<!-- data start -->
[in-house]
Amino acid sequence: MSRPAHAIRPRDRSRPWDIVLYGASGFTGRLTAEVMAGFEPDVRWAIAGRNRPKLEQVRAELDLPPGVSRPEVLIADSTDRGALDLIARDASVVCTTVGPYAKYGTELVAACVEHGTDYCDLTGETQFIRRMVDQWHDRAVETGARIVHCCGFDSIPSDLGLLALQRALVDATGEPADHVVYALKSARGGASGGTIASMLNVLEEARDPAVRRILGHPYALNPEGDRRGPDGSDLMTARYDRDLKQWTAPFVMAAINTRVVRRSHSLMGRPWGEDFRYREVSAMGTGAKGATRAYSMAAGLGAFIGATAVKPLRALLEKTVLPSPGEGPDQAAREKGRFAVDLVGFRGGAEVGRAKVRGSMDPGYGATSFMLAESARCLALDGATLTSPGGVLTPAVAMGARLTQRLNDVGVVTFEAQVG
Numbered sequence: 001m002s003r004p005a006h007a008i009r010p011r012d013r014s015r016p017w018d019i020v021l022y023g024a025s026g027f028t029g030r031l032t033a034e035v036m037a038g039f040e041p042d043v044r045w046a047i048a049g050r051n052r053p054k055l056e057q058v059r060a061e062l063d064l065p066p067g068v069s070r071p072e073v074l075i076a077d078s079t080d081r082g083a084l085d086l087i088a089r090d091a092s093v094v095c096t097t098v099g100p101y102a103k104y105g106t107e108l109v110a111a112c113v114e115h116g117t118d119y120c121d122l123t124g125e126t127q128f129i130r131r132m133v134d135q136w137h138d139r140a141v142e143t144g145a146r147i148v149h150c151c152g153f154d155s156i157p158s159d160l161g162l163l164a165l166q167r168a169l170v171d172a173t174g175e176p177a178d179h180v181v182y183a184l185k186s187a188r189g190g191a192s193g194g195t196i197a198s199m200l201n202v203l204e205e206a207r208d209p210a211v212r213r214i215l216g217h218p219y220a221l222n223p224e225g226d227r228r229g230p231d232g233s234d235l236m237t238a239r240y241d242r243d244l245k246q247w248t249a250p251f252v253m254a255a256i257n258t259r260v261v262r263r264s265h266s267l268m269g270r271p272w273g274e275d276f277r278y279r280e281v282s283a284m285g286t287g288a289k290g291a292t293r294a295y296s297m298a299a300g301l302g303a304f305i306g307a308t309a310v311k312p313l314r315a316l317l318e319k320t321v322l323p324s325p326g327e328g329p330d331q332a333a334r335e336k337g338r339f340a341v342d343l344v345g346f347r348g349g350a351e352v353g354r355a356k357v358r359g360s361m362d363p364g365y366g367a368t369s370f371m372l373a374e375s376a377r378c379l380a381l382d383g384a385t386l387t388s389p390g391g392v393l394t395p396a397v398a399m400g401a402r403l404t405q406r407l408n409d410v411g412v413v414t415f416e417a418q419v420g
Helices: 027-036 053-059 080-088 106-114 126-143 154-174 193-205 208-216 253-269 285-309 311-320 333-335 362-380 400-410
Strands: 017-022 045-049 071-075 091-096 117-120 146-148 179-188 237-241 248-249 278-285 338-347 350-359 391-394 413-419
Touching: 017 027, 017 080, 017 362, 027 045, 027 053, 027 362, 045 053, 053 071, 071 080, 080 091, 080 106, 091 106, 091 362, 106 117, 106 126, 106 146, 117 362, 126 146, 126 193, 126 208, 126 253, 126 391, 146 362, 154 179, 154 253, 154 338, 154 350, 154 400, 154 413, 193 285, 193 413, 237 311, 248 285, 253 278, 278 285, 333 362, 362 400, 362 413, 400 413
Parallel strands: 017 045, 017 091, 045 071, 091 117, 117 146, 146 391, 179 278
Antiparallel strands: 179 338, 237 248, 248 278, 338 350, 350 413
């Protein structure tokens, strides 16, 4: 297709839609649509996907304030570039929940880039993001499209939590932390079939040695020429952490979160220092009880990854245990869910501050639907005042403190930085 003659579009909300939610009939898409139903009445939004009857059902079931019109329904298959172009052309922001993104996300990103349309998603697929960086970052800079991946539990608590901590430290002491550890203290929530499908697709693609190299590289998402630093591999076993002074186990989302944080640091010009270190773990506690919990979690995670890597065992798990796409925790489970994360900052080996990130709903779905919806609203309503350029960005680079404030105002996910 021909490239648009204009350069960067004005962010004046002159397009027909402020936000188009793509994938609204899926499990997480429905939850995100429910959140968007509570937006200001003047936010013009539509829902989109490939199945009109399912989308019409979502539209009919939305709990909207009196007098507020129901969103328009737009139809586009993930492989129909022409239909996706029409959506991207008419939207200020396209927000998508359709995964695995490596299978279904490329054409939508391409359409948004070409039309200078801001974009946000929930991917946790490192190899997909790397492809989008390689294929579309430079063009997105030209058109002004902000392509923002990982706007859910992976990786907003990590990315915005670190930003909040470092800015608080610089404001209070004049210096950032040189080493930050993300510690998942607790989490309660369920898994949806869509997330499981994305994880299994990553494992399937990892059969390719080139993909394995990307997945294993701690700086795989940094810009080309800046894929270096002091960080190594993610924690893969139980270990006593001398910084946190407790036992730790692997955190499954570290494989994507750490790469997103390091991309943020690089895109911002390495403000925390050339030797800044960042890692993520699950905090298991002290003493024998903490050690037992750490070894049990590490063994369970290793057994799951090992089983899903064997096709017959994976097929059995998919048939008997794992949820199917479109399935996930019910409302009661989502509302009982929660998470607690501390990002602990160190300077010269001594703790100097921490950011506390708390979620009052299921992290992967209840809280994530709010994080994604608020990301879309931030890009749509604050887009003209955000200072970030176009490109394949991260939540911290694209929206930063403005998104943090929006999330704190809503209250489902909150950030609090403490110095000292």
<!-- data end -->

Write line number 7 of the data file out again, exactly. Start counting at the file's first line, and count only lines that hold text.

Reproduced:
Parallel strands: 017 045, 017 091, 045 071, 091 117, 117 146, 146 391, 179 278